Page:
We kept going down, desperate to get below treeline where we would be out of the wind, but we got lost where the white blazes split and led in two different directions. Miles was summiting with his mom and they caught us on the way down. They took one direction and we went the other way until our blazes led back up the mountain. So we backtracked and followed the way Miles had gone. We found out later that it's called the Dog Leg and lots of people get lost there. One of the trails doesn't take you past the same spot where you originally entered the treeline, which is where Eagle Eye had stashed her trekking poles. There was a backpack and walking pole seemingly abandoned there, too. I wondered if it was that kid's backpack or if the owner had come down the wrong leg. Why don't they fix that double trail is what I want to know. It's not safe to get lost up there in that kind of weather.
Finally, we got below the treeline, where we found a note under a rock that said "I've had enough. I'm going back." addressed to somebody I didn't know. I think the writer of the note was wise, but from there, the wind was blocked and there was no rain or mist and we were out of the clouds, so it was back to being a pleasant hike. What an amazing difference. If you want to hike Katahdin, really try for a nice day. I'm very glad I hiked before this on a gorgeous day, so I know what the terrain and views from Katahdin actually look liked and I'm glad to have pictures from that previous hike.
It took us five and a half hours to get down from Baxter Peak and we got back to the campground at 5pm. I smelled a cookout and started drooling and then saw a group of people and realized that it was Sparky, Stubby, and Low Gear, who's wife Debbie was there, too. Miles and his mom were there and Jim and the rest of our crew, who had wisely turned back at treeline. They cheered for us as we walked up and then fed us all sorts of wonderful food like hamburgers, hot dogs, sausage, chips, cookies, donuts, fruit, candy, cold sodas and beer. We laughed too loud and the ranger came over and told us to be quiet at 6pm. I felt like a kid at a slumber party being shushed by parents. Then I saw some guys heading up the mountain and wondered if it was a rescue attempt based on their gear and how late it was.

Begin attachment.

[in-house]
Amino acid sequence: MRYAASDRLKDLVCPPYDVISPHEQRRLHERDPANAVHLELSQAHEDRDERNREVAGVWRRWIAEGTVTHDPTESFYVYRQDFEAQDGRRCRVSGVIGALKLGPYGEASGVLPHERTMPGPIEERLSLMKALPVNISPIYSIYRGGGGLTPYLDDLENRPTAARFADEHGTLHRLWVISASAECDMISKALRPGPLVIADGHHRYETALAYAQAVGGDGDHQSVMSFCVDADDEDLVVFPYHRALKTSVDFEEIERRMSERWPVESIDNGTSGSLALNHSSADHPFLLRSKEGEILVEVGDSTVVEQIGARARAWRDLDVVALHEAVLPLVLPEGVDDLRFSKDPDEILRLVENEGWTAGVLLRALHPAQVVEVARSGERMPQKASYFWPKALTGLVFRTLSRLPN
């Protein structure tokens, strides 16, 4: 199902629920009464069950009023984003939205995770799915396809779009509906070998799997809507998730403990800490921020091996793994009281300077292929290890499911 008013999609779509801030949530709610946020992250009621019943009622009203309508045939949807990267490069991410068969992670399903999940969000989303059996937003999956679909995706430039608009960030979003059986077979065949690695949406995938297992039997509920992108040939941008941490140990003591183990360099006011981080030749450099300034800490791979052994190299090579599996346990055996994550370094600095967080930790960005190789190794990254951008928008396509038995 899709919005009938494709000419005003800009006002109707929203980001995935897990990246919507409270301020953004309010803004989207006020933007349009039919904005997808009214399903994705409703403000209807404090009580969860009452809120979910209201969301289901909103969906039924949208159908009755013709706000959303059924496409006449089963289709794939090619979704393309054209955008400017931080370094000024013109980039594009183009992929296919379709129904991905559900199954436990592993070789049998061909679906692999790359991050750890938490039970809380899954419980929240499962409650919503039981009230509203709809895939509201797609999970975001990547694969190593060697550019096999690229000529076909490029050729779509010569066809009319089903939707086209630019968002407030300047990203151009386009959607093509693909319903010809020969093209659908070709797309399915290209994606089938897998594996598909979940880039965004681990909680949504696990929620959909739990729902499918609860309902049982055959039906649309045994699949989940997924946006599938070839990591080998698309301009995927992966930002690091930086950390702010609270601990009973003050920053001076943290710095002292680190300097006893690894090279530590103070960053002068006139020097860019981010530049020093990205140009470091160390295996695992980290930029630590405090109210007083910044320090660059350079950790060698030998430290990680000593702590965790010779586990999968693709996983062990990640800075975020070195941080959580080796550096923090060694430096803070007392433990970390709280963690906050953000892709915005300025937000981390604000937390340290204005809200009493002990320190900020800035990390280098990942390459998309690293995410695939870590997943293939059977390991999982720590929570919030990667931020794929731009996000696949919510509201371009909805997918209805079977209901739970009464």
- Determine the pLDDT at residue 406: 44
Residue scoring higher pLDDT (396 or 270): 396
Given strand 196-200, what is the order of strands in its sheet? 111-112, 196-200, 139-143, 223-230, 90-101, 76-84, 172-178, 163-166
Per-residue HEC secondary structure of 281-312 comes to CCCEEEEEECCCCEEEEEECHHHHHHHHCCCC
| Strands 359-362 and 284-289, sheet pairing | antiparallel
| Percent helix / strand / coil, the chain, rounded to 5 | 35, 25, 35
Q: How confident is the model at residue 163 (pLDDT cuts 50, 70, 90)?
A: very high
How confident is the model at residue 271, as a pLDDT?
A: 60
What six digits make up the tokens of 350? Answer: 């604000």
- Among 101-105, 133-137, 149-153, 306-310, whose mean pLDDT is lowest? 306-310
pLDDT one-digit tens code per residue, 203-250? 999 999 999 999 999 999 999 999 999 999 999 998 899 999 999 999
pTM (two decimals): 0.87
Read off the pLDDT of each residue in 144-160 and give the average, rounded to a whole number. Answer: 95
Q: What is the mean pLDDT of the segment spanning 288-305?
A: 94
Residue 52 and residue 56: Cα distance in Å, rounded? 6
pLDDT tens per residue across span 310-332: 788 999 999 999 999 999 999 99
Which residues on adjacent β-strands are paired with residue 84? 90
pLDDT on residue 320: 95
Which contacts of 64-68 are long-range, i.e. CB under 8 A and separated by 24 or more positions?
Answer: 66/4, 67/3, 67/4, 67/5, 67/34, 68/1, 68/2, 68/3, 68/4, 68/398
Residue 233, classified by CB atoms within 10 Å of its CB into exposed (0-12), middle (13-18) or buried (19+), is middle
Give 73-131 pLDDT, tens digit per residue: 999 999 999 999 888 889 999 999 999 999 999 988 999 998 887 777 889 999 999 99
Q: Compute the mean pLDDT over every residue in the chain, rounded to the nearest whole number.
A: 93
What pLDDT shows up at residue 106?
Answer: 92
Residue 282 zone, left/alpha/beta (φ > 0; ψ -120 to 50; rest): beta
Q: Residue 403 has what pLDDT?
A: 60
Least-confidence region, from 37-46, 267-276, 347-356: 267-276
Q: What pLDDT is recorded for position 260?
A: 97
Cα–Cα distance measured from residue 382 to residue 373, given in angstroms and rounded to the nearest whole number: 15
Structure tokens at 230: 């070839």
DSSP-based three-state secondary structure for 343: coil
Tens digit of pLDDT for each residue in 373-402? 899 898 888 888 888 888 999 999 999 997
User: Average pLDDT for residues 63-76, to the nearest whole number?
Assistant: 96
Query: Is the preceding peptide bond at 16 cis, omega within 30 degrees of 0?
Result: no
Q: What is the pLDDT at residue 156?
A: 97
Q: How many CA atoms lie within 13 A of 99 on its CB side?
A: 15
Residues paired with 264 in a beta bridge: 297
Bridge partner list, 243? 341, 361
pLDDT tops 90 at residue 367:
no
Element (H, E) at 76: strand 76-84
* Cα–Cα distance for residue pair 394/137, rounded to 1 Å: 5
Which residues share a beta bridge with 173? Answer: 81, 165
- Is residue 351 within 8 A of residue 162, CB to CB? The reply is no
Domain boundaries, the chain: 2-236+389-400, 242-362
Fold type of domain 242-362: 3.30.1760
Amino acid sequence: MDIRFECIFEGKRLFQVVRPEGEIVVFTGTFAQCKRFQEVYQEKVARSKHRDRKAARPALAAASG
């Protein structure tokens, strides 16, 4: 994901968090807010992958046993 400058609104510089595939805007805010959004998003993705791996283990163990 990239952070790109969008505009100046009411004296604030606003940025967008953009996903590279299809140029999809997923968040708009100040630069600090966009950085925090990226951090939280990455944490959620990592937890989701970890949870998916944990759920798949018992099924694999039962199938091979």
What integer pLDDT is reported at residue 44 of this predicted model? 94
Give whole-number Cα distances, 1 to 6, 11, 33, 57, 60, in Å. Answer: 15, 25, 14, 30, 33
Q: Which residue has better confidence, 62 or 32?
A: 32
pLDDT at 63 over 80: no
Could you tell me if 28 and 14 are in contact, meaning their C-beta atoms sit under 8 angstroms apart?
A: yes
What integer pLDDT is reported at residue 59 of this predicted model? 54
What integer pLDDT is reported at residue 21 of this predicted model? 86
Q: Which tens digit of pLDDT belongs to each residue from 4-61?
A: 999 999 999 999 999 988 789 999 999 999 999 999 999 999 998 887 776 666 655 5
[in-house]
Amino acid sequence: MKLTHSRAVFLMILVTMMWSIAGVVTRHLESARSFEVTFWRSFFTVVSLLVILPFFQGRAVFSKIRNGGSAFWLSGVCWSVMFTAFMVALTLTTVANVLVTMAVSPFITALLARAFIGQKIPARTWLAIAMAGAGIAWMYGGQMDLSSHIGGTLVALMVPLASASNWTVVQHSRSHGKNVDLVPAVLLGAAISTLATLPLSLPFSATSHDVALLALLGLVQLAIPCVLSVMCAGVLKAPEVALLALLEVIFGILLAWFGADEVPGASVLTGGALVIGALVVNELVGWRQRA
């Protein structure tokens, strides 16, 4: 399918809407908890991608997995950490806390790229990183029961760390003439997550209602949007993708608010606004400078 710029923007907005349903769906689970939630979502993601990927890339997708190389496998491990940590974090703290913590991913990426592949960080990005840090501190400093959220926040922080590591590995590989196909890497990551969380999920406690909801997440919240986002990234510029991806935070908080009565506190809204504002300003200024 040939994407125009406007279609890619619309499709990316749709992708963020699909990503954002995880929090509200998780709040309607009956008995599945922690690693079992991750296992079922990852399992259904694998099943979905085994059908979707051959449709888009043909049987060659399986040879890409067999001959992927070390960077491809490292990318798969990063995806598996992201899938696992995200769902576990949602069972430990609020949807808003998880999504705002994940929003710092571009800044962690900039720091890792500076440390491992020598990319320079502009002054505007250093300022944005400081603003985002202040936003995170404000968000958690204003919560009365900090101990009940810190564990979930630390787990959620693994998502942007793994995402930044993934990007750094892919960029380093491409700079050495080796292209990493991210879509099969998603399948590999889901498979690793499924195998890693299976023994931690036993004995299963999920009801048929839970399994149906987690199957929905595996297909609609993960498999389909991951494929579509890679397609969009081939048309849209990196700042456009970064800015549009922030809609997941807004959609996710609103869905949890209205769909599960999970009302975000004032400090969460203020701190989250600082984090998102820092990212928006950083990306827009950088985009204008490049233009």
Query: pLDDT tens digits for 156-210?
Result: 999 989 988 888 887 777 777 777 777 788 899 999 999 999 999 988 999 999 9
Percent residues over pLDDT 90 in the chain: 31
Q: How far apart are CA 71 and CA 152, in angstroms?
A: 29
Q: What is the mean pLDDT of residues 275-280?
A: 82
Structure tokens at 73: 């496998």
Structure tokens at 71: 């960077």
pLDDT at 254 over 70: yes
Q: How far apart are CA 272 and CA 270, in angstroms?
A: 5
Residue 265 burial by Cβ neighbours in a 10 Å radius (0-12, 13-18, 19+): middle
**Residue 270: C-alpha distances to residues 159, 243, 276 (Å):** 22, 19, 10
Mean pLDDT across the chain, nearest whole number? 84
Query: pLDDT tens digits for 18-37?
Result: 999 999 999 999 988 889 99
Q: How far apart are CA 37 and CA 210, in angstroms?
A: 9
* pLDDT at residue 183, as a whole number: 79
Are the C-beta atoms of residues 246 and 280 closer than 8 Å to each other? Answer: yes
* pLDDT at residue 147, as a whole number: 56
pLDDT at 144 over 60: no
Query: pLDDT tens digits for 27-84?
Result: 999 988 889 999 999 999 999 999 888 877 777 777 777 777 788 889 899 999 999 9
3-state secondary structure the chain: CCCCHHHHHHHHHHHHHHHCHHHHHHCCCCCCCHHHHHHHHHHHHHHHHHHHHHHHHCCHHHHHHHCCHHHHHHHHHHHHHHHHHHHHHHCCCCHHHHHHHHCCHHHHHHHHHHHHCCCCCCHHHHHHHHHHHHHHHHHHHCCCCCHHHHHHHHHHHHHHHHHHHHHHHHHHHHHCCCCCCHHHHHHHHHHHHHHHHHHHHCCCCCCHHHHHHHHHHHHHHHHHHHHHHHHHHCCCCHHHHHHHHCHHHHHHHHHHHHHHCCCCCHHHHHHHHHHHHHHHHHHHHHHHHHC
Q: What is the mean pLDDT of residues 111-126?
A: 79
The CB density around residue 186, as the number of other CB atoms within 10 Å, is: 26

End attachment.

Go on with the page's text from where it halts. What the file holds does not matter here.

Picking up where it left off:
It turns out that it was a rescue crew. Those last hikers we saw had become separated from each other and they couldn't account for everybody. When Eagle Eye returned her daypack to the ranger's office, the ranger reprimanded us for being up above treeline in such bad weather. Eagle Eye tried to defend us all but couldn't win against the ranger who said "All it takes is for somebody to turn an ankle and then we have to go up in this weather and risk ourselves, too." That's a good point, but there were a couple dozen people up there, and we weren't the ones they had to rescue. In the end, they were all accounted for, but the rescuers were coming down the mountain with the grandpa and it would have been after dark when they returned. I think he need that rescue, and I would have turned back if I wasn't doing a thruhike. I really did not want to be up there in that weather.
We drove the hour back to town, picked up Mcdonalds, and got to the hotel after dark. The hot tub was open for another twenty minutes, so I rushed to get myself in it and spent a few minutes in hot luxury. That was wonderful. I survived Katahdin!
We'll be driving to Connecticut tomorrow. We'll have a day to resupply and pick up Rockin' Robin and then we'll be hiking south from Kent, CT, and I will start the last leg of my 2012 thruhike on September 11th.
I'm so grateful to be warm and dry.